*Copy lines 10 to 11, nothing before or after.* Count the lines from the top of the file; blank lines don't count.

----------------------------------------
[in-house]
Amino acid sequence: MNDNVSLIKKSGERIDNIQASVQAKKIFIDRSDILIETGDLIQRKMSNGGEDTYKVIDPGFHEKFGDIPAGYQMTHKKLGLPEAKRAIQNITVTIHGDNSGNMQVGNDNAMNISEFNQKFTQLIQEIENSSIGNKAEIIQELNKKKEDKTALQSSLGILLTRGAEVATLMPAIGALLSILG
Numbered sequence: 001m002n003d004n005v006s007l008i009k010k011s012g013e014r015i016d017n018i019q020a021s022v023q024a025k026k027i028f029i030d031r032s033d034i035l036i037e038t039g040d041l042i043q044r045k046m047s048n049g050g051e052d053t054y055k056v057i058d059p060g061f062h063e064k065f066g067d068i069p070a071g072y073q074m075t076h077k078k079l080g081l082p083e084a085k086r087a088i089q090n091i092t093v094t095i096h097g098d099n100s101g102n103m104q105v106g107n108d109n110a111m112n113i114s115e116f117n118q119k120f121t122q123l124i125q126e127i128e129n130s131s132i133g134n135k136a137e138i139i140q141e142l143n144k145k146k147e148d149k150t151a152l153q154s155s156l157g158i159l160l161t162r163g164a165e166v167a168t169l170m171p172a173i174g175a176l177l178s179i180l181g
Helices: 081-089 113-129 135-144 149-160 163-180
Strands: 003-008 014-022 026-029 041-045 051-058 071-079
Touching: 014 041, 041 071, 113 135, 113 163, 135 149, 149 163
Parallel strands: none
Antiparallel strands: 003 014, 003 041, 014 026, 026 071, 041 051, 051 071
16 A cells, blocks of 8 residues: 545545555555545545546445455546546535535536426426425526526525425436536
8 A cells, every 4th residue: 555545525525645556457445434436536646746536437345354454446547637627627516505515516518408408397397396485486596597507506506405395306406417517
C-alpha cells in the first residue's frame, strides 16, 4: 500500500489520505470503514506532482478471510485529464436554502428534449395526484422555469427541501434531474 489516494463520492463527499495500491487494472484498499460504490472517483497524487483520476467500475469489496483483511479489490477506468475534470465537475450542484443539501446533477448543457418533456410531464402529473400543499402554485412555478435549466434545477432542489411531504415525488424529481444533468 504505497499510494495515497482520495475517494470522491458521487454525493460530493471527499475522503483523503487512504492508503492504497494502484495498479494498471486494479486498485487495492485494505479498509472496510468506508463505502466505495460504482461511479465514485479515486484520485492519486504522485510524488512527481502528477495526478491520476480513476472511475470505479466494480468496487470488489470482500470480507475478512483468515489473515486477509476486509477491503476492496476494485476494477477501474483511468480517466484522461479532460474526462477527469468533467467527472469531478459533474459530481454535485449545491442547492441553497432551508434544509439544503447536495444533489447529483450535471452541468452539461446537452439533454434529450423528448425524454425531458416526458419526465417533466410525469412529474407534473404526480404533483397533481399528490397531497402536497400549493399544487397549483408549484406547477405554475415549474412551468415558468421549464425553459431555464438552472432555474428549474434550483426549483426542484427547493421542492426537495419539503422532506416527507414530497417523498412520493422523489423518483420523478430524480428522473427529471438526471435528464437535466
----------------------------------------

8 A cells, every 4th residue: 555545525525645556457445434436536646746536437345354454446547637627627516505515516518408408397397396485486596597507506506405395306406417517
C-alpha cells in the first residue's frame, strides 16, 4: 500500500489520505470503514506532482478471510485529464436554502428534449395526484422555469427541501434531474 489516494463520492463527499495500491487494472484498499460504490472517483497524487483520476467500475469489496483483511479489490477506468475534470465537475450542484443539501446533477448543457418533456410531464402529473400543499402554485412555478435549466434545477432542489411531504415525488424529481444533468 504505497499510494495515497482520495475517494470522491458521487454525493460530493471527499475522503483523503487512504492508503492504497494502484495498479494498471486494479486498485487495492485494505479498509472496510468506508463505502466505495460504482461511479465514485479515486484520485492519486504522485510524488512527481502528477495526478491520476480513476472511475470505479466494480468496487470488489470482500470480507475478512483468515489473515486477509476486509477491503476492496476494485476494477477501474483511468480517466484522461479532460474526462477527469468533467467527472469531478459533474459530481454535485449545491442547492441553497432551508434544509439544503447536495444533489447529483450535471452541468452539461446537452439533454434529450423528448425524454425531458416526458419526465417533466410525469412529474407534473404526480404533483397533481399528490397531497402536497400549493399544487397549483408549484406547477405554475415549474412551468415558468421549464425553459431555464438552472432555474428549474434550483426549483426542484427547493421542492426537495419539503422532506416527507414530497417523498412520493422523489423518483420523478430524480428522473427529471438526471435528464437535466